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J Neurosurg. 2014 Mar;120(3):618-23. doi: 10.3171/2013.11.JNS131366. Epub 2014 Jan 3.

Uncertainty and agreement in the management of unruptured intracranial aneurysms.

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  • 1Division of Neurosurgery, Department of Surgery, University of Alberta Hospital, Mackenzie Health Sciences Centre, Edmonton, Alberta;

Abstract

OBJECT:

The management of unruptured intracranial aneurysms remains controversial. The goal of this study was to evaluate the clinical community agreement in decision making regarding unruptured intracranial aneurysms.

METHODS:

A portfolio of 41 cases of unruptured intracranial aneurysms with angiographic images, along with a short description of the patient presentation, was sent to 28 clinicians (16 radiologists and 12 surgeons) with varying years of experience in the management of unruptured intracranial aneurysms. Five senior clinicians responded twice at least 3 months apart. Nineteen cases (46%) were selected from patients recruited in the Canadian UnRuptured Endovascular versus Surgery trial, an ongoing randomized comparison of coil embolization and clip placement. For each case, the responder was to first choose between 3 treatment options (observation, surgical clip placement, or endovascular coil embolization) and then indicate their level of certainty on a quantitative 0-10 scale. Agreement in decision making was studied using κ statistics.

RESULTS:

Decisions to coil were more frequent (n = 612, 53%) than decisions to clip (n = 289, 25%) or to observe (n = 259, 22%). Interjudge agreement was only fair (κ = 0.31 ± 0.02) for all cases and all judges, despite substantial intrajudge agreement (range 0.44-0.83 ± 0.10), with high mean individual certainty levels for each case (range 6.5-9.4 ± 2.0 on a scale of 0-10). Agreement was no better within specialties (surgeons or radiologists), within capability groups (those able to perform endovascular coiling alone, surgical clipping alone, or both), or with more experience. There was no correlation between certainty levels and years of experience. Agreement was lower when the cases were taken from the randomized trial (κ = 0.19 ± 0.2) compared with nontrial cases (κ = 0.35 ± 0.2).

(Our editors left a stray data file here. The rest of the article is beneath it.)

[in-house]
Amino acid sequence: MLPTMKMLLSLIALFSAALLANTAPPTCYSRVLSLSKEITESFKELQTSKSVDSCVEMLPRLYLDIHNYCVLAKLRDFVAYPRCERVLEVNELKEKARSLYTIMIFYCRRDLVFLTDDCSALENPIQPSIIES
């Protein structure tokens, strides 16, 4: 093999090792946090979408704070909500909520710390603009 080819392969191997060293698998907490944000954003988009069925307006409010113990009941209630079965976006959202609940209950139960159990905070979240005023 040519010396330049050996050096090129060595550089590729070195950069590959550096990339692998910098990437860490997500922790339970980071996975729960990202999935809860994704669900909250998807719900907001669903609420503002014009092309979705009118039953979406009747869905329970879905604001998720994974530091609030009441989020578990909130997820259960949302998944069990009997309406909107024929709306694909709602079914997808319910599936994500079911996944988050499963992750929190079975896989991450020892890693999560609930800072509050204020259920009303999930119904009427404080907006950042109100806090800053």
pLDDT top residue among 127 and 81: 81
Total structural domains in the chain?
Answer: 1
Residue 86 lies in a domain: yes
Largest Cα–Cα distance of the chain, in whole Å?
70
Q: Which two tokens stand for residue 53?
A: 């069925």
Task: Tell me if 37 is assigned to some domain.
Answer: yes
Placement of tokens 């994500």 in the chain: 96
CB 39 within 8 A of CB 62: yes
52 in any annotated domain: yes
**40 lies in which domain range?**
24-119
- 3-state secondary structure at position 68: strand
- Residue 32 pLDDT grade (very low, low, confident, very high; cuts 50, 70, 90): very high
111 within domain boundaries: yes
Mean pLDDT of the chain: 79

CONCLUSIONS:

Individuals do not agree regarding the management of unruptured intracranial aneurysms, even when they share a background in the same specialty, similar capabilities in aneurysm management, or years of practice. If community equipoise is a necessary precondition for trial participation, this study has found sufficient uncertainty and disagreement among clinicians to justify randomized trials.

PMID:
24405069
DOI:
10.3171/2013.11.JNS131366
[PubMed - indexed for MEDLINE]
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